Sunday, 27 April 2014

Wrexham, North Wales

Town centre    GJC_002628 (1)_edited

My next series of posts takes me back literally, to North Wales in 2011 and there's a couple of reasons why I want to dig into the past and one of those reasons will be obvious at the conclusion of this mini series.
On a side note and in keeping with the other blog theme of life, the lessons I learnt today were just as confusing as why I wanted to publish this post ... haha ... Getting conflicting advice from various people  "Learn from the past, not live in it" ... and ... "Sometimes you have to step into the past to fix your present, otherwise you won't have a future".

Sometimes I even surprise myself of what I post as Wrexham is not an obvious destination and I wrestled with the idea of posting this. There are some gems in the town and it would be a shame not to display them.
I opted for a 1 hour lunch break en route to Mid / North Wales instead of my usual Chester car stop. This was my first ever visit here so it was an extensive 30 minutes exploration fitted in ... around a Town square sandwich !! No doubt I've put my footprint or stamp on the images making it attractive to Google image hunters ! On the other hand, regular readers will know by the length and ending of this post what I secretly thought of the place !

Wrexham, the largest town in North Wales and sitting near the English border, has been the scene of early historic skirmishes (King Edward I  v  Madog ap Llywelyn in 1294) although due to its location not near a river, the epicentre shifted later to the east at Holt. During the 18th century the town became famous for its leather industry and the later Industrial Revolution.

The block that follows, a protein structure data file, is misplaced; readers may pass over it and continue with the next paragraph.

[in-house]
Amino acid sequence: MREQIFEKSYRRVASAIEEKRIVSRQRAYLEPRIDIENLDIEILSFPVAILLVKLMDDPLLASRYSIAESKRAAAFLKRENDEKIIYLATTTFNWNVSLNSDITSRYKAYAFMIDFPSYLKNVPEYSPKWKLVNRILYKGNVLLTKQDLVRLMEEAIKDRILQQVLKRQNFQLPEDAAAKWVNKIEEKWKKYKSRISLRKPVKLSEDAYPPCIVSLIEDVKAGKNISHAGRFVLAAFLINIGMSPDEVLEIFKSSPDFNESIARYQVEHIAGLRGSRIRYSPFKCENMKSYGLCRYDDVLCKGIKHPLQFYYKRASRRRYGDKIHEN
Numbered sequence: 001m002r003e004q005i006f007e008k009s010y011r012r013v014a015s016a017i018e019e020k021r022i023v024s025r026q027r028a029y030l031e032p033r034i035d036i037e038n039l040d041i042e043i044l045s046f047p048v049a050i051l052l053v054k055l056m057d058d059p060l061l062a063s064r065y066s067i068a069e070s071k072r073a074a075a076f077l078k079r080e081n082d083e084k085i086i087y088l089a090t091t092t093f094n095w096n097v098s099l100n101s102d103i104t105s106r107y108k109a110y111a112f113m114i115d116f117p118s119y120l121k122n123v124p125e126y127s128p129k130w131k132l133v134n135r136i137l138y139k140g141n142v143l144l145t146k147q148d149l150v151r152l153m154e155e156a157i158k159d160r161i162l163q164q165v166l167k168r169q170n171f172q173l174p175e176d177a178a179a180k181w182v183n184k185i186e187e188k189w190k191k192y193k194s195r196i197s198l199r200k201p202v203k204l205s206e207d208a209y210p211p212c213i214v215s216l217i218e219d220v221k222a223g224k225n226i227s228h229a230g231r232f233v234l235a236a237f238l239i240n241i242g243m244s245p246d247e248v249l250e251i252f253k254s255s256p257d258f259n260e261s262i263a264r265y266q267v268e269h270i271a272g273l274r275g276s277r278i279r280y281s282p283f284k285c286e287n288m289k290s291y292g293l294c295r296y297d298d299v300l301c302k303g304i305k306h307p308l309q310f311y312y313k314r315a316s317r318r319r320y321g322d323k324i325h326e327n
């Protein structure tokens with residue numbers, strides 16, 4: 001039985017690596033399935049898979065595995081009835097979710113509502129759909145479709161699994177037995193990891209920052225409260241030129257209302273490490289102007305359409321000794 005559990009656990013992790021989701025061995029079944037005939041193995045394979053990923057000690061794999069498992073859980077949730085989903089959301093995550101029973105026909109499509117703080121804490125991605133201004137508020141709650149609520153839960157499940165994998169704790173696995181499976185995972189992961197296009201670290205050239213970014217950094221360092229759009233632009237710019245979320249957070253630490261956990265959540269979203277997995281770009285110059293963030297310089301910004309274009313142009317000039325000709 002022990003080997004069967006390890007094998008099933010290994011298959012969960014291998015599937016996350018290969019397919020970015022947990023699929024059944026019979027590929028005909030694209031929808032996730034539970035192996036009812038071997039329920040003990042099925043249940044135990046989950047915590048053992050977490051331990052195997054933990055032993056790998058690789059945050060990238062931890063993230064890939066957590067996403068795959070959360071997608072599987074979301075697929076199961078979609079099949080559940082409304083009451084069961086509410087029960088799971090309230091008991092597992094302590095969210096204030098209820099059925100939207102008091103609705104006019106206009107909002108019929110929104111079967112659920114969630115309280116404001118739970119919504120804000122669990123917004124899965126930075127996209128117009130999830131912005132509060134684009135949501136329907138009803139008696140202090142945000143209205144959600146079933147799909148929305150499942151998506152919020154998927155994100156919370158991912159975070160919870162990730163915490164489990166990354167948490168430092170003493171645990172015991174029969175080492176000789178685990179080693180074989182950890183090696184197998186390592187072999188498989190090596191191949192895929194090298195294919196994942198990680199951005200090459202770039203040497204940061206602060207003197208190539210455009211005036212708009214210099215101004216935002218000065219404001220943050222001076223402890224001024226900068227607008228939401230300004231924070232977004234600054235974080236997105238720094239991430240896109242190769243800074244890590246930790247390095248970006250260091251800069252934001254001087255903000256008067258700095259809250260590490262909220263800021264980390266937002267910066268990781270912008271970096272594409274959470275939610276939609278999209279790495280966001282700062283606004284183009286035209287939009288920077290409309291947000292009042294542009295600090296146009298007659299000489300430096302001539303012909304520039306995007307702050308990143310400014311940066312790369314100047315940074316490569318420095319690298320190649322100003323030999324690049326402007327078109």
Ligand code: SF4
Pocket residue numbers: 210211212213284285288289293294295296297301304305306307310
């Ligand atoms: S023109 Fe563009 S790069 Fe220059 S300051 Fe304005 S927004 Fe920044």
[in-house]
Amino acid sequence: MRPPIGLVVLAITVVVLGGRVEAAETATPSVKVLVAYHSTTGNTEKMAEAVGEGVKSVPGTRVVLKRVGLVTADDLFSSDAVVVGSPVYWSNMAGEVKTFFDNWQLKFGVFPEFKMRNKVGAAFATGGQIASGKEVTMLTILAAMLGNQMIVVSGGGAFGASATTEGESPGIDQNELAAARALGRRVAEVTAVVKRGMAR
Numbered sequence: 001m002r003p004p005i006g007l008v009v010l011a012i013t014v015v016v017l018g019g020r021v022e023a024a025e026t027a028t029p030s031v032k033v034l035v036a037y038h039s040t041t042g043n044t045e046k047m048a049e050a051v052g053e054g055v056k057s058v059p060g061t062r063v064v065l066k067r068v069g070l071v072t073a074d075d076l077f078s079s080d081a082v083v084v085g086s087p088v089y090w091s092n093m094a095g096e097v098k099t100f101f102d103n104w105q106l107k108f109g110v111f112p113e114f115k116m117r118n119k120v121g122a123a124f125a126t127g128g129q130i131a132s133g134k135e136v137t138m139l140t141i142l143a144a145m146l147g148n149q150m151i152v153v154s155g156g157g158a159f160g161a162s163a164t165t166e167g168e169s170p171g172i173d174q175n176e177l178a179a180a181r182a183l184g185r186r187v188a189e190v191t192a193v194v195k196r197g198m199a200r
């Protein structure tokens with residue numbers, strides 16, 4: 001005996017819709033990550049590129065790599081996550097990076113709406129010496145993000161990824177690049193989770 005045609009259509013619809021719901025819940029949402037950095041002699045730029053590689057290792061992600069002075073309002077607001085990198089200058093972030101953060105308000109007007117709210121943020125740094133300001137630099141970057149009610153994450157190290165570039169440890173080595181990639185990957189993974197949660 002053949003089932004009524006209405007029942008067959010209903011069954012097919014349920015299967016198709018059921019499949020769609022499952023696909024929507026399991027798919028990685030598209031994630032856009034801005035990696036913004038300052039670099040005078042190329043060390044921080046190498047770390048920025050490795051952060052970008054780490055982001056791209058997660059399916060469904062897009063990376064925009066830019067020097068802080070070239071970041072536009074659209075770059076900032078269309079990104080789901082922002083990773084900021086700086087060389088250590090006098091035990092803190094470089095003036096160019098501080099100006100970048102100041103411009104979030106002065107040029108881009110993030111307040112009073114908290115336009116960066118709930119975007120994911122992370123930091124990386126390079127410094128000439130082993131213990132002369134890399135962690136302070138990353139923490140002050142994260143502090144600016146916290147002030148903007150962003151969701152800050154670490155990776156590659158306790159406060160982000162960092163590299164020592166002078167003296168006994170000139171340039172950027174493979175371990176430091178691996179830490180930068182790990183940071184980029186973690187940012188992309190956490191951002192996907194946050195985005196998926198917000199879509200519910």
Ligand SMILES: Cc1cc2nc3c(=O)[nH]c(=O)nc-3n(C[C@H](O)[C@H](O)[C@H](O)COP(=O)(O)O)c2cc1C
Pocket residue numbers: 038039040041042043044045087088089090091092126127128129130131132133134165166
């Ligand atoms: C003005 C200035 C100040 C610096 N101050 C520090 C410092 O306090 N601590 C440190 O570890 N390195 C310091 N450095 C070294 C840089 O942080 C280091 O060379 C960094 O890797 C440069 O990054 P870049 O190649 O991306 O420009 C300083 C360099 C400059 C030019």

St Giles Church   GJC_002626 (1)_edited
St Giles Church Tower
   The 16th century St Giles church Tower, is unofficially known as one of the seven wonders of North Wales. Although I wouldn't pay much attention to that as it came from an old rhyme possibly by an early English tourist !!  ... who took artistic license in poetry  ... steeple ... yeah right !!

         Pistyll Rhaeadr and Wrexham Steeple,
         Snowdon's mountain without its people,  (that'll be right as well ... haha)
         Overton yew trees, St Winefride's well,
         Llangollen bridge and Gresford bells.

Temple Row     GJC_002670
... situated in aptly named "Temple Row"

General Market    GJC_002632
General Market Hall
Wrexham is blessed with markets to the point that I wasn't sure which one was which !!! ...

General Market    GJC_002663_edited-1.jpg

... The People's market used to be the vegetable market, The Butcher's market that used to have a Corn Exchange and now has more than just meat on sale. The open air market that used to sell ... err ... cattle but has become a general market ...

General Market   GJC_002637

... and lastly ... a general market that sells vegetables outside !!! Confused ? ... you will be !

Former library    GJC_ 002644_edited.jpeg
Library (1906 - 1973) or rather ... Lunchtime !